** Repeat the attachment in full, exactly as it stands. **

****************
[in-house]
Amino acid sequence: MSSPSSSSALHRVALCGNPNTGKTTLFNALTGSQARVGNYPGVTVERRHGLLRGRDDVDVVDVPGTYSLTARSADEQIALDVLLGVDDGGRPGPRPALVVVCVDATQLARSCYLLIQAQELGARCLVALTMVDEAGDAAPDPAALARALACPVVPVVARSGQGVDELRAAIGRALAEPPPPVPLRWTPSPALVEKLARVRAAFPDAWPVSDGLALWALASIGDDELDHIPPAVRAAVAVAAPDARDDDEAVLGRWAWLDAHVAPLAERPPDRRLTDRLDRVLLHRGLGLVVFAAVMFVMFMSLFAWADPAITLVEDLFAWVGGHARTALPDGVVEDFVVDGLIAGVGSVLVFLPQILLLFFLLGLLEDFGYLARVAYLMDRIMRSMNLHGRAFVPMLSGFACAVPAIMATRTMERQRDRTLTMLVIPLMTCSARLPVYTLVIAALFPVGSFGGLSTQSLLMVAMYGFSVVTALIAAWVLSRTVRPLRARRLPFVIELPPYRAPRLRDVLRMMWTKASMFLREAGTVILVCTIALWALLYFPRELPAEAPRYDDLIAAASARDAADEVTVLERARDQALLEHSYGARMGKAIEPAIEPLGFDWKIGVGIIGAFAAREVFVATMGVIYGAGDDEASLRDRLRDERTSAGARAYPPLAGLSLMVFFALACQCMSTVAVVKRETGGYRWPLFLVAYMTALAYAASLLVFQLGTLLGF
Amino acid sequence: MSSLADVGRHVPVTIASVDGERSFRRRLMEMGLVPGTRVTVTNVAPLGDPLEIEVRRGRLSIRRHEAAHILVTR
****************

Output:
[in-house]
Amino acid sequence: MSSPSSSSALHRVALCGNPNTGKTTLFNALTGSQARVGNYPGVTVERRHGLLRGRDDVDVVDVPGTYSLTARSADEQIALDVLLGVDDGGRPGPRPALVVVCVDATQLARSCYLLIQAQELGARCLVALTMVDEAGDAAPDPAALARALACPVVPVVARSGQGVDELRAAIGRALAEPPPPVPLRWTPSPALVEKLARVRAAFPDAWPVSDGLALWALASIGDDELDHIPPAVRAAVAVAAPDARDDDEAVLGRWAWLDAHVAPLAERPPDRRLTDRLDRVLLHRGLGLVVFAAVMFVMFMSLFAWADPAITLVEDLFAWVGGHARTALPDGVVEDFVVDGLIAGVGSVLVFLPQILLLFFLLGLLEDFGYLARVAYLMDRIMRSMNLHGRAFVPMLSGFACAVPAIMATRTMERQRDRTLTMLVIPLMTCSARLPVYTLVIAALFPVGSFGGLSTQSLLMVAMYGFSVVTALIAAWVLSRTVRPLRARRLPFVIELPPYRAPRLRDVLRMMWTKASMFLREAGTVILVCTIALWALLYFPRELPAEAPRYDDLIAAASARDAADEVTVLERARDQALLEHSYGARMGKAIEPAIEPLGFDWKIGVGIIGAFAAREVFVATMGVIYGAGDDEASLRDRLRDERTSAGARAYPPLAGLSLMVFFALACQCMSTVAVVKRETGGYRWPLFLVAYMTALAYAASLLVFQLGTLLGF
Amino acid sequence: MSSLADVGRHVPVTIASVDGERSFRRRLMEMGLVPGTRVTVTNVAPLGDPLEIEVRRGRLSIRRHEAAHILVTR